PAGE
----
The correlation between bounce rate and conversion rate is not necessarily a straightforward answer. Many people believe there is no direct correlation between the two types of rates, but yet if you understand your bounce rate you can put things in place to change a bounce to a conversion thereby interlinking the numbers. Basically any correlation between whether people convert once they hit the landing page or whether they bounce is driven by the creators of the content. You can only trust that your understanding of the customers and the users can change how people see your website and therefore whether they ultimately convert in a way that is pleasing to your business model.
Bounce rate is considered the number of users that hit your front page and go no further, often leaving with minimum time spent on your page and definitely not clicking through to other sites. Not only is this important to know because traffic doesn’t really count if it doesn’t stick but it also affects how you can attract advertisers. If an advertiser studies your analytics and realizes you are not keeping people on the page it is likely not worth their money to invest in advertising with you despite high initial numbers.
Your conversion rate is how many hits you can turn into subscribers, purchases or information/leads. Depending on your site your goals will be different, but conversion generally means getting what you want out of the customer so you can contact them again in the future. It is important that you have a way to reach out to clients in order to keep them coming back.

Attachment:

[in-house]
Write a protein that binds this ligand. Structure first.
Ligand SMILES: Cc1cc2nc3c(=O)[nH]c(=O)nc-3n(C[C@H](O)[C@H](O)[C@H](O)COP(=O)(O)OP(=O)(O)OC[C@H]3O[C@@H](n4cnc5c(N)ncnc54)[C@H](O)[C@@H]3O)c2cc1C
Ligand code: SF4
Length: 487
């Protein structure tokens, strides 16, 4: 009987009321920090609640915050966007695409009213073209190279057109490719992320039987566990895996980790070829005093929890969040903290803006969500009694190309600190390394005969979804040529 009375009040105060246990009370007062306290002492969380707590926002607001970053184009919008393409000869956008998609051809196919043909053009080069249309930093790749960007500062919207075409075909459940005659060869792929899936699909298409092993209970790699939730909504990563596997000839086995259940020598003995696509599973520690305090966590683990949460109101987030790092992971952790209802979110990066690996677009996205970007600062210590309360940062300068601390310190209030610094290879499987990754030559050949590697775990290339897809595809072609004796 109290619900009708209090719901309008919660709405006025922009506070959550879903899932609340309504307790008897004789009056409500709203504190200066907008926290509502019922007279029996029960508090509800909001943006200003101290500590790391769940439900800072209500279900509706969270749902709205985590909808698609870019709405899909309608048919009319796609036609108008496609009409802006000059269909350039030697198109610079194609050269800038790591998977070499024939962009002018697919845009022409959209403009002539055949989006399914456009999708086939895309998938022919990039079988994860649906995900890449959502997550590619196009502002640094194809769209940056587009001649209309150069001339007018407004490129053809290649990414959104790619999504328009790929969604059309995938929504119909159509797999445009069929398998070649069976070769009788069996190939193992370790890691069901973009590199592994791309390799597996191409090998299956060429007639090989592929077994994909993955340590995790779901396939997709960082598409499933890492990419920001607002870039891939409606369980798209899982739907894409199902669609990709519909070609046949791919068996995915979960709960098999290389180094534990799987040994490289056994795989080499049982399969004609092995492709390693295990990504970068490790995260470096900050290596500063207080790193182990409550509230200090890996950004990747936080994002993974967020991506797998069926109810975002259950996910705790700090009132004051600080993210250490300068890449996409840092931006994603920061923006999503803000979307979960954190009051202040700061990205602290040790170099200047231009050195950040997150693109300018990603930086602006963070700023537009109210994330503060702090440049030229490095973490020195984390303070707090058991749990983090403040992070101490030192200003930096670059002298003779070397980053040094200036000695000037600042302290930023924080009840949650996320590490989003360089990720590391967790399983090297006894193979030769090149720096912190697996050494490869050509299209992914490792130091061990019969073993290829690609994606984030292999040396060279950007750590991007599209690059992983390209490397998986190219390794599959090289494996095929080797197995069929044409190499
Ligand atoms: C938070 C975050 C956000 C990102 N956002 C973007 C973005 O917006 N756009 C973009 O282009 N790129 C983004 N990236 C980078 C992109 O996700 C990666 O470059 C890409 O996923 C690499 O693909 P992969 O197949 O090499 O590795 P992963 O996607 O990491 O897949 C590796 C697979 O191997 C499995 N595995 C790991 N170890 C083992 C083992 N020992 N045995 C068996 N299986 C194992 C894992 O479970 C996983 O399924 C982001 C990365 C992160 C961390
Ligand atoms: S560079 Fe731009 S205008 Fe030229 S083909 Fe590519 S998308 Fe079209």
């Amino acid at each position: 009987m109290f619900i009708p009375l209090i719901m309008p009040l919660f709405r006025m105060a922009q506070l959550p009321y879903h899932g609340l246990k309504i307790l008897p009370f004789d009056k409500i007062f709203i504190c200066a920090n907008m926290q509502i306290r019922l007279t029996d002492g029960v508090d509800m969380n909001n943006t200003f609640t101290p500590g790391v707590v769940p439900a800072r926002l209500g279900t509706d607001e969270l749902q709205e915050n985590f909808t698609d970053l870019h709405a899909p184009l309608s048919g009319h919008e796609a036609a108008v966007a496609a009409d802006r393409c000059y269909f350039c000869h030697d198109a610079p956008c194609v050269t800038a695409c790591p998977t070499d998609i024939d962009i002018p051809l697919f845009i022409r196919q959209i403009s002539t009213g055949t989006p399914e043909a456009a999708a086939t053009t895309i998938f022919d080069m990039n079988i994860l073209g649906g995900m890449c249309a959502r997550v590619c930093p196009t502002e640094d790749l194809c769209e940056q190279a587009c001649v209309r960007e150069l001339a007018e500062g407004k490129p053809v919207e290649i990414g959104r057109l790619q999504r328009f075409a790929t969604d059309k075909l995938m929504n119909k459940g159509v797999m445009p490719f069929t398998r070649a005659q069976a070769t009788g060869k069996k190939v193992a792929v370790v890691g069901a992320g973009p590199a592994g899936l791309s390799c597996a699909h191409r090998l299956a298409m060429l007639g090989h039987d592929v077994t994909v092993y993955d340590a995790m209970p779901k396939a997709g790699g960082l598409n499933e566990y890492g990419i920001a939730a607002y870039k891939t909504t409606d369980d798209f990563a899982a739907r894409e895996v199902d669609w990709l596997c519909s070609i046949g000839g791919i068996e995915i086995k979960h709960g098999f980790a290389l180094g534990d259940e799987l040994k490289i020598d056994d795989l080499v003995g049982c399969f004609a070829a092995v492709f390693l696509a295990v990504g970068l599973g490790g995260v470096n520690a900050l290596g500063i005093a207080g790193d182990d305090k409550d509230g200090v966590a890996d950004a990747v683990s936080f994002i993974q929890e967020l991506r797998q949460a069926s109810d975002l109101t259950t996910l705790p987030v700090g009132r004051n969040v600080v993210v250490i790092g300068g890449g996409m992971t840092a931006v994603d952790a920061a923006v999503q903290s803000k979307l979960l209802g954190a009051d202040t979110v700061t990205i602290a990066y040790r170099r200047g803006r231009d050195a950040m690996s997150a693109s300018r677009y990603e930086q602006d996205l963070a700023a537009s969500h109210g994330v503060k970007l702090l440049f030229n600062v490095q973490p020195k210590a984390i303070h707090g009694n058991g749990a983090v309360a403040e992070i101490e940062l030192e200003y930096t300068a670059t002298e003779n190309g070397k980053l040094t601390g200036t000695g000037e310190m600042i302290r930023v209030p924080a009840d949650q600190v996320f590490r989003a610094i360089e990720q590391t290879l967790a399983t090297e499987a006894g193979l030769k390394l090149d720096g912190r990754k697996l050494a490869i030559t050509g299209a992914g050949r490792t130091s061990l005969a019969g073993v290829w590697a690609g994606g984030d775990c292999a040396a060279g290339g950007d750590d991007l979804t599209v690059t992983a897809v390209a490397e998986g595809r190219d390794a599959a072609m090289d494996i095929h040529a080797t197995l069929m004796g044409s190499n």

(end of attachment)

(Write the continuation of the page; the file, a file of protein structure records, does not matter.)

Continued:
One of the most obvious and simplified correlations between the two rates comes from offering an instant incentive to stay on the page. If someone is bouncing off the page you can use a pop-up window to give a one-time offer or encourage them to leave information. If someone has landed on your website and is interested in the content you can change them from a bounce to a conversion. This is typically the best case scenario.
If people are finding your site accidentally and the content does not match what they are looking for you are unlikely to be able to convert them. This does not mean you cannot collect valuable information from them. You can turn a bounce into a conversion in a different way by finding out how the traffic got to your site and why that direction was wrong for the user. A small, directed survey can often change how you spread the word on the web and eventually help you get more targeted traffic.
In general bounce rate and conversion rate add up to 90% of your traffic. The other 10% are people who look around but don’t convert. Obviously, you want the bigger piece of the 90% pie to land on conversion rather than bounce in order to keep your website successful and grow your business.
The correlation between bounce rate and conversion rate is always difficult to understand. Both newbies and experts also fail in this area, as they always don’t count on useful and reliable tracking tools to really know the true bounce and conversion rates. You need to get reliable tracking service, as not all the ones in the market really give true tracking results.
A good tracking tool from a reliable company will not count bots as human visitors, thus inflating your traffic level, giving a false conversion rate. A good service recognizes those automated tools and excludes them from results.